Campus security sent an e-mail to all, offering tips to ``not let crime disrupt your festive joy''. This informative e-mail reports of two recent crimes. One was a person who lent her hand phone to a stranger who needed to make an urgent call, and who then ran off with the phone. This sort of simple crime can be prevented by never being nice to anyone, ever. The second is more serious; the person left his office, unlocked, to use the washroom, and returned to find the department laptop stolen. This is why they put the washrooms behind keycard-access locked doors, as it would be very embarrassing to have the hot-air hand dryer that doesn't dry hands stolen by staff.
What makes this perfectly scandalous is that these are the same incidents used for the ``don't let crime disrupt your festive joy'' e-mail last year. If you don't accept that strikingly similar criminals attack campus about the same time every year you might be lead to suspect they're just reusing the same couple incidents, that may or may not have actually happened, every time. And there's so little reason for that when you consider other shocking incidents of campus crime and the lesson we can draw from them, for example:
Case 1. Associate Professor A, fresh out of changing his name from Associate Professor B, returned to his apartment to find it completely empty, except for one lime-green Ikea sofa chair which he never owned. This could have been prevented if A, nee B, had ever bought furniture instead of relying on what his increasingly impatient friends left him.
Case 2. John S-, United States envoy to the United Kingdom, was lured into adultery and heavy drinking in Italy by the seductive Theda Bara, threatening his marriage and his position with the Department of State. There is little that could be done for John S-, as he is a rather determinedly foolish character in the 1915 William Fox movie A Fool There Was, based on the stage play based on the Rudyard Kipling poem of the same name, but others can avoid the problem by recalling that Theda Bara died in 1955, and accordingly choosing to not consort with silent-movie actors who have been dead fifty or more years.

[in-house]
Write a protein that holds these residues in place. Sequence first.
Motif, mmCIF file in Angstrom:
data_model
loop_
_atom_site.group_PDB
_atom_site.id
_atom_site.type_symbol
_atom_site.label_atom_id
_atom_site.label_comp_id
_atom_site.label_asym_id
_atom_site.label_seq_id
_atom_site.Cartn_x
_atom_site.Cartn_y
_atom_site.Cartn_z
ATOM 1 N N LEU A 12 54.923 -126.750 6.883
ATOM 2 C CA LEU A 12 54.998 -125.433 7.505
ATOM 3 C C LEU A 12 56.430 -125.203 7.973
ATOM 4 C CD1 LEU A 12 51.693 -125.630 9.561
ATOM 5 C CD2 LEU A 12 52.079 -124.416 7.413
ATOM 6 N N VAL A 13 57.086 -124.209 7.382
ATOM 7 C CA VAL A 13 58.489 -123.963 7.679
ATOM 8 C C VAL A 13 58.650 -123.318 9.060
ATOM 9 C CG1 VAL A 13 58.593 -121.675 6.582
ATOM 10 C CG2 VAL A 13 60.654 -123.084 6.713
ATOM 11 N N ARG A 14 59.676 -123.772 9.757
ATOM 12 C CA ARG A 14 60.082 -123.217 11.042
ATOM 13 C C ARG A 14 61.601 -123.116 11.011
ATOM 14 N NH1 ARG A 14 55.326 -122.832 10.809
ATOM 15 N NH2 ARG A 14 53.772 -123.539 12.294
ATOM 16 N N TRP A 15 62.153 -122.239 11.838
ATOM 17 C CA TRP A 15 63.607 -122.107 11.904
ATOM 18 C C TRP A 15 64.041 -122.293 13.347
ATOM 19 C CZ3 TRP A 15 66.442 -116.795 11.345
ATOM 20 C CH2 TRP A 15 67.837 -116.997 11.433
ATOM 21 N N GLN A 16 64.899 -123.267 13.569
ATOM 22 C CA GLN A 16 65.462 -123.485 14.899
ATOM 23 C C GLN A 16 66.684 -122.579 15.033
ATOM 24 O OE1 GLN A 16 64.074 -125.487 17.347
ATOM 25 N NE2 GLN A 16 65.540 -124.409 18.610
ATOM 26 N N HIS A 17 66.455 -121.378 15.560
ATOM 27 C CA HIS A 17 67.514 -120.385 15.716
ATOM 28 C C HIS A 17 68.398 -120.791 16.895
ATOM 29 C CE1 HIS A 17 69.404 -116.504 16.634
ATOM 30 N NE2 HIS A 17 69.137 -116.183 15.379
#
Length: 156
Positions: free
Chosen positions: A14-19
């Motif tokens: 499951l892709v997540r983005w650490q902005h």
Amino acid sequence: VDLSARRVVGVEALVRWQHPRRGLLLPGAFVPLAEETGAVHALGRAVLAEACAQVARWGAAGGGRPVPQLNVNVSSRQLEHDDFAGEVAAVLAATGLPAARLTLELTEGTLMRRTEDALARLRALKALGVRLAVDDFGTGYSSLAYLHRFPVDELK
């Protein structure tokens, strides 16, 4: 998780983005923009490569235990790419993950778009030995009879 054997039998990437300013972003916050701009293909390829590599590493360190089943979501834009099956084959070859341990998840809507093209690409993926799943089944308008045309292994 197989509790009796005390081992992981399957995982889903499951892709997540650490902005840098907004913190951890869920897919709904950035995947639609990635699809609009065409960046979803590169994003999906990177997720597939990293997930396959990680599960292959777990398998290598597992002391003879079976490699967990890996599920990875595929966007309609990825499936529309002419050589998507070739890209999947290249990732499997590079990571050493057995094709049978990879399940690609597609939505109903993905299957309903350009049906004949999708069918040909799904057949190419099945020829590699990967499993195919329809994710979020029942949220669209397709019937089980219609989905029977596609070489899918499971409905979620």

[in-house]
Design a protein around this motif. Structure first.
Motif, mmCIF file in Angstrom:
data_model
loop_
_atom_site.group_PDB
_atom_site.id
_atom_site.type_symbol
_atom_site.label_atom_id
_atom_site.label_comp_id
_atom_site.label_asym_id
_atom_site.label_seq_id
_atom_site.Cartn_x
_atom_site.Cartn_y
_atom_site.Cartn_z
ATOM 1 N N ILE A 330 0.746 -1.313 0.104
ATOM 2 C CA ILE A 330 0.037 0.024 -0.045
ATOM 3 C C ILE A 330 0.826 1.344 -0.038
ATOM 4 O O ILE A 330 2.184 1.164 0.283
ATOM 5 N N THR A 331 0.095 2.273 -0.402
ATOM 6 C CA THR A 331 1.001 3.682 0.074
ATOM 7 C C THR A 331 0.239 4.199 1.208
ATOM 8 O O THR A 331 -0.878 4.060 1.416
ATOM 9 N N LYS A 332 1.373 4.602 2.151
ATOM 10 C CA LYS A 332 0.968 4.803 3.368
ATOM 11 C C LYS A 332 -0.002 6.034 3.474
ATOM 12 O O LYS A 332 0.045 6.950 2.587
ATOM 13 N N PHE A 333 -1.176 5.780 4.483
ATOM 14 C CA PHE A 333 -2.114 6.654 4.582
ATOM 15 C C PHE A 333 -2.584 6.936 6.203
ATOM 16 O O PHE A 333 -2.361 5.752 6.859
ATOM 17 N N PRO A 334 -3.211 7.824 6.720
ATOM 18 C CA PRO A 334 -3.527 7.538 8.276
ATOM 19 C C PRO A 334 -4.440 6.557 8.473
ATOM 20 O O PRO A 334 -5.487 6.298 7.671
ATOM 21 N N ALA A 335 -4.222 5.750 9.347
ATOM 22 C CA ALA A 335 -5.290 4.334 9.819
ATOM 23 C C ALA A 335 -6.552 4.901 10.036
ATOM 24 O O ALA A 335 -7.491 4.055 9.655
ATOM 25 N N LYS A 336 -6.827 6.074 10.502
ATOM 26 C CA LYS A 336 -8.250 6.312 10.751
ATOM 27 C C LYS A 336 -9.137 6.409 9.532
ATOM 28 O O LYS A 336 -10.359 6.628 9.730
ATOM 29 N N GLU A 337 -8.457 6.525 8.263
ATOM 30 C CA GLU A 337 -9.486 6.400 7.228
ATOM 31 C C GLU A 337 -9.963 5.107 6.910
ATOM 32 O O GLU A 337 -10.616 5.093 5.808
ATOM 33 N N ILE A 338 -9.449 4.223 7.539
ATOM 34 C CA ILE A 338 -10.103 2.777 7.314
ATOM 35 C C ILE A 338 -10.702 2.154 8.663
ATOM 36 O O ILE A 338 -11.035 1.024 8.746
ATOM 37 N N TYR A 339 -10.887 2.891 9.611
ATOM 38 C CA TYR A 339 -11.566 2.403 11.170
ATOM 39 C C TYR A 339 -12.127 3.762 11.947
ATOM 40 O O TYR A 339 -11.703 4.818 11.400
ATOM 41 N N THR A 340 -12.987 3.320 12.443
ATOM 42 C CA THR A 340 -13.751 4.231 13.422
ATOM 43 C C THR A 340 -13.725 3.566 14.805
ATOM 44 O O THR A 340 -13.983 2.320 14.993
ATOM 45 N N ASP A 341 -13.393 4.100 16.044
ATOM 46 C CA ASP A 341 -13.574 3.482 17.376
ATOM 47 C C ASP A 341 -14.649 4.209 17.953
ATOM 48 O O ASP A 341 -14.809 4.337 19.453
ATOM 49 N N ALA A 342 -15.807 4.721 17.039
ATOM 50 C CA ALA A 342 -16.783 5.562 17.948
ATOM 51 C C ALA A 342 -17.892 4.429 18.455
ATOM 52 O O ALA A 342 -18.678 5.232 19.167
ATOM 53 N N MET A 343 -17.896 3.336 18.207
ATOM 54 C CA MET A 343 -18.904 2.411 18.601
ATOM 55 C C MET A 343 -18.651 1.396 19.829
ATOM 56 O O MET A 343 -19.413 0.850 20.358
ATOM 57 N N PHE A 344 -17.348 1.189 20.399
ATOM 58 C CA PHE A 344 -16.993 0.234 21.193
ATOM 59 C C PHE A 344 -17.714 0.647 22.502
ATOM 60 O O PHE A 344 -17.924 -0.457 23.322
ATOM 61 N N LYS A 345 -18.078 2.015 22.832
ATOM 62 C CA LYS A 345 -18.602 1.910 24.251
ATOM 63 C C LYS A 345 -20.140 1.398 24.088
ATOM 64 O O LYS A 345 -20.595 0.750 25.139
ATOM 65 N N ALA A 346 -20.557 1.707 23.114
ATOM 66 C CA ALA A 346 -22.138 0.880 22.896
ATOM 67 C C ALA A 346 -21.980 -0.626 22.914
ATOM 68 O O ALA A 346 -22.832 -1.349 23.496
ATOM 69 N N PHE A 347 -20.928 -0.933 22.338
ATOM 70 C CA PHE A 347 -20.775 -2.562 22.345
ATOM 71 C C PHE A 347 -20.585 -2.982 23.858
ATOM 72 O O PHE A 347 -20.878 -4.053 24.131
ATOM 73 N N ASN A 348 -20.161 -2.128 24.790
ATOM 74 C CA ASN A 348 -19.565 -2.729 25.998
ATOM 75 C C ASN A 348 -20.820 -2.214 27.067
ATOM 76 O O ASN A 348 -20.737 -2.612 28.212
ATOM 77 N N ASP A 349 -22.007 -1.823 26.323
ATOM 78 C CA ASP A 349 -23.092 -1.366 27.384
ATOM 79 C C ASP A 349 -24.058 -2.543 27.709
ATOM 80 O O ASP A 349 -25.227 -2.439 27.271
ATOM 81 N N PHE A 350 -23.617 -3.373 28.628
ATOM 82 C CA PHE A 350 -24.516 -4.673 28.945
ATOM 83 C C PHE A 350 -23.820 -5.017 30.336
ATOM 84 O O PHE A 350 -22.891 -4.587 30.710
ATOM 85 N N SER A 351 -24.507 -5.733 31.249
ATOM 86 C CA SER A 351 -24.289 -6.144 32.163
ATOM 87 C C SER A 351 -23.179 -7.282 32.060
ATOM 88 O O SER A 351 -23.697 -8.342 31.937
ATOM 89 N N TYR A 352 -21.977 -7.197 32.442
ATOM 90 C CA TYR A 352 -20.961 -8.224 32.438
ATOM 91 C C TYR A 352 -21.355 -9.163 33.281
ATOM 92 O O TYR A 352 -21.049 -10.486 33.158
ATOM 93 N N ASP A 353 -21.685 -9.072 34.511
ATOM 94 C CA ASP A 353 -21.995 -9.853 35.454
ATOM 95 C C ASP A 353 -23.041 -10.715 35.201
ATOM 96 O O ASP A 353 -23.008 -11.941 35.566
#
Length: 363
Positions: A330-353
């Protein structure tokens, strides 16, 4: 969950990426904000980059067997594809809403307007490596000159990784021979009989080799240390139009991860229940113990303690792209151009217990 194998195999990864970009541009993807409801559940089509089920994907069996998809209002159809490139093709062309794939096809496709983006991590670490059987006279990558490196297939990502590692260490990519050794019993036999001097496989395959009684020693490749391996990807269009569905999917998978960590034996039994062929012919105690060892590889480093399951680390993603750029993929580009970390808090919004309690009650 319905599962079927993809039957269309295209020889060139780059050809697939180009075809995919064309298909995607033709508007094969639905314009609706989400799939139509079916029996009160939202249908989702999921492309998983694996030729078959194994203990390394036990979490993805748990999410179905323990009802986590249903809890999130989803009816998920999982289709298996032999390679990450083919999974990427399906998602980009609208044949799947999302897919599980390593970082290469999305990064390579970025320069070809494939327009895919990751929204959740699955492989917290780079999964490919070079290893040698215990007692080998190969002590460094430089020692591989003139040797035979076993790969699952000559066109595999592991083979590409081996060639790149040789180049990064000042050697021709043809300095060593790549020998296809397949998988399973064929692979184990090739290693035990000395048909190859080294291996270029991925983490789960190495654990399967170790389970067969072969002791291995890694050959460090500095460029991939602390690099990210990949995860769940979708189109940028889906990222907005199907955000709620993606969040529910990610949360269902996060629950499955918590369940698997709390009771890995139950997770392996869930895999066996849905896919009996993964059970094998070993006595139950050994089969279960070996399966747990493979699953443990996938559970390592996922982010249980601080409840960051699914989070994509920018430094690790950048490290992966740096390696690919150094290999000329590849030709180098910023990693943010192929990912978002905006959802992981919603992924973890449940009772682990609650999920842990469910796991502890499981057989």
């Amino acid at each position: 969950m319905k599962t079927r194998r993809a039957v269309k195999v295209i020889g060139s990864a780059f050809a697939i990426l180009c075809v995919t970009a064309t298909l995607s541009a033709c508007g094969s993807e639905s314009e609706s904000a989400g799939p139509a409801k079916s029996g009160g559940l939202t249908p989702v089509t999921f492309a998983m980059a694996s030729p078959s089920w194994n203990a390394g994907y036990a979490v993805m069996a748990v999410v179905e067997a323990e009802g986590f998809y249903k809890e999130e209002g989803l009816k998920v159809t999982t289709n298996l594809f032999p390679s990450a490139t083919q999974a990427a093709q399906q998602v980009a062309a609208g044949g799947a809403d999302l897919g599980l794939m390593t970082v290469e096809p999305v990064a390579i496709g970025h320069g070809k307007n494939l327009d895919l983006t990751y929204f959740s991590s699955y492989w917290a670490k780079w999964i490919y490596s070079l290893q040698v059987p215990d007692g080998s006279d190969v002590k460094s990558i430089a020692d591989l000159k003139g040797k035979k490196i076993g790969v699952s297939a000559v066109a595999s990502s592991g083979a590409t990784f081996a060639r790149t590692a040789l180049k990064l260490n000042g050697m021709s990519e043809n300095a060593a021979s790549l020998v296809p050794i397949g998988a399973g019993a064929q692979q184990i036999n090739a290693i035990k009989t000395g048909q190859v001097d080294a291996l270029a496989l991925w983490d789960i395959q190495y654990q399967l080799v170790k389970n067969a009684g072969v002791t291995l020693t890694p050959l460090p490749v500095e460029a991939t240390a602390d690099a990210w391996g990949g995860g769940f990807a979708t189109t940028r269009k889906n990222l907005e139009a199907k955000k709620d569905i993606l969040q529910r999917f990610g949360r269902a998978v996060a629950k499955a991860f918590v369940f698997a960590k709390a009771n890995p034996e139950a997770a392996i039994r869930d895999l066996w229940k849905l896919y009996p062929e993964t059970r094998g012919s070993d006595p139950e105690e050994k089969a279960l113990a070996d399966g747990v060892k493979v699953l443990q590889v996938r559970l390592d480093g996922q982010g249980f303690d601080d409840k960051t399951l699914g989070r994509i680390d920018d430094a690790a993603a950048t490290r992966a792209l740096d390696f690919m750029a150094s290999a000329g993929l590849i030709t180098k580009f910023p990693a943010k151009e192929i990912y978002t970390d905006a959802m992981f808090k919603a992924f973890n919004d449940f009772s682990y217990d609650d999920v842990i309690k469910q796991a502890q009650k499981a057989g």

Case 3. L, a teaching assistant with the history department, began a recitation section to realize she could not recognize any of her students. More, they seemed unable to understand a word she said, and when she looked at the notes she had written on the whiteboard, they had turned into chemical engineering formulas. She began to panic as her advisor entered through the back door, but she was confused when her advisor was wearing a large bird costume. L is dreaming, and when she wakes should address her stress problems.
You see how much more effective this is when the warnings are chosen for relevance?
Trivia: The first recorded public-official recipient of a bribe in New Jersey was Edward Hyde, Lord Cornbury, royal governor of New Jersey (and New York) from 1703 to 1708. Source: Jerseyana, Marc Mappen.
Currently Reading: History of the Hour, Gerhard Dohrn-van Rossum.